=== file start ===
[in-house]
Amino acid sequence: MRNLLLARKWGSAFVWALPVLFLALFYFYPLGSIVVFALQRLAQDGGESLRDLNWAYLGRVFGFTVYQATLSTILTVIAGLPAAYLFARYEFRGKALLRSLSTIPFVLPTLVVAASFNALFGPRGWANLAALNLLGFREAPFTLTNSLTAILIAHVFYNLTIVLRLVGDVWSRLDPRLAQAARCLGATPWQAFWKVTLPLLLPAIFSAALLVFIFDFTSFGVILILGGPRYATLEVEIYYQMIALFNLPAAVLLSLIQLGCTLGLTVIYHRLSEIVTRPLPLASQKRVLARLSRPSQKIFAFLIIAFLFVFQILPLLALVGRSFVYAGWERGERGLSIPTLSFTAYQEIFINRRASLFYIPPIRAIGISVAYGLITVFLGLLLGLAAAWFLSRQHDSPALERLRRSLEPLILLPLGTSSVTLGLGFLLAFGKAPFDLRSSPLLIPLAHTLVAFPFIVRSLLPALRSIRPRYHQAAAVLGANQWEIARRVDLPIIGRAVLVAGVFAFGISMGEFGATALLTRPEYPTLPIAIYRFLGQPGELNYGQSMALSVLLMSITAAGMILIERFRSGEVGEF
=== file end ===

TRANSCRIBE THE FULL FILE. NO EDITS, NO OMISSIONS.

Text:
[in-house]
Amino acid sequence: MRNLLLARKWGSAFVWALPVLFLALFYFYPLGSIVVFALQRLAQDGGESLRDLNWAYLGRVFGFTVYQATLSTILTVIAGLPAAYLFARYEFRGKALLRSLSTIPFVLPTLVVAASFNALFGPRGWANLAALNLLGFREAPFTLTNSLTAILIAHVFYNLTIVLRLVGDVWSRLDPRLAQAARCLGATPWQAFWKVTLPLLLPAIFSAALLVFIFDFTSFGVILILGGPRYATLEVEIYYQMIALFNLPAAVLLSLIQLGCTLGLTVIYHRLSEIVTRPLPLASQKRVLARLSRPSQKIFAFLIIAFLFVFQILPLLALVGRSFVYAGWERGERGLSIPTLSFTAYQEIFINRRASLFYIPPIRAIGISVAYGLITVFLGLLLGLAAAWFLSRQHDSPALERLRRSLEPLILLPLGTSSVTLGLGFLLAFGKAPFDLRSSPLLIPLAHTLVAFPFIVRSLLPALRSIRPRYHQAAAVLGANQWEIARRVDLPIIGRAVLVAGVFAFGISMGEFGATALLTRPEYPTLPIAIYRFLGQPGELNYGQSMALSVLLMSITAAGMILIERFRSGEVGEF